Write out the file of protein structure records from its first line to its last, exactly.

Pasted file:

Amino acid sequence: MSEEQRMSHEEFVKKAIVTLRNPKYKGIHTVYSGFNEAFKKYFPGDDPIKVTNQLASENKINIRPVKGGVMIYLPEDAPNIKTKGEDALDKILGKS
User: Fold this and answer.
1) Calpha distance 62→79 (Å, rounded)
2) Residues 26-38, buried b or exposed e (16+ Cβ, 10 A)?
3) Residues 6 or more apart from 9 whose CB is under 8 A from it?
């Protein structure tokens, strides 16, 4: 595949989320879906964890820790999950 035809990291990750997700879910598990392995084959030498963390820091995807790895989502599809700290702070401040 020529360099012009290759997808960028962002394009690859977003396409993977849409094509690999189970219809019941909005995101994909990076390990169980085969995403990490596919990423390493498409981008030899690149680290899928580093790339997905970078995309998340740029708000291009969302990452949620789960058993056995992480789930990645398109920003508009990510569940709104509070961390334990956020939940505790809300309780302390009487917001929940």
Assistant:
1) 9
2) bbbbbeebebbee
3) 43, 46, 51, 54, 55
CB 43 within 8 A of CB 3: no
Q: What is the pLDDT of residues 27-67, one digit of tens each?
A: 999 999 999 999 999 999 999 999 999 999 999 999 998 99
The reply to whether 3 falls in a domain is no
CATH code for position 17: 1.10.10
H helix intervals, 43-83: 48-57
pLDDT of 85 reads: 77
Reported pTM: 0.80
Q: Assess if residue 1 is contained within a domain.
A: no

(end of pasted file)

Amino acid sequence: MSEEQRMSHEEFVKKAIVTLRNPKYKGIHTVYSGFNEAFKKYFPGDDPIKVTNQLASENKINIRPVKGGVMIYLPEDAPNIKTKGEDALDKILGKS
User: Fold this and answer.
1) Calpha distance 62→79 (Å, rounded)
2) Residues 26-38, buried b or exposed e (16+ Cβ, 10 A)?
3) Residues 6 or more apart from 9 whose CB is under 8 A from it?
């Protein structure tokens, strides 16, 4: 595949989320879906964890820790999950 035809990291990750997700879910598990392995084959030498963390820091995807790895989502599809700290702070401040 020529360099012009290759997808960028962002394009690859977003396409993977849409094509690999189970219809019941909005995101994909990076390990169980085969995403990490596919990423390493498409981008030899690149680290899928580093790339997905970078995309998340740029708000291009969302990452949620789960058993056995992480789930990645398109920003508009990510569940709104509070961390334990956020939940505790809300309780302390009487917001929940």
Assistant:
1) 9
2) bbbbbeebebbee
3) 43, 46, 51, 54, 55
CB 43 within 8 A of CB 3: no
Q: What is the pLDDT of residues 27-67, one digit of tens each?
A: 999 999 999 999 999 999 999 999 999 999 999 999 998 99
The reply to whether 3 falls in a domain is no
CATH code for position 17: 1.10.10
H helix intervals, 43-83: 48-57
pLDDT of 85 reads: 77
Reported pTM: 0.80
Q: Assess if residue 1 is contained within a domain.
A: no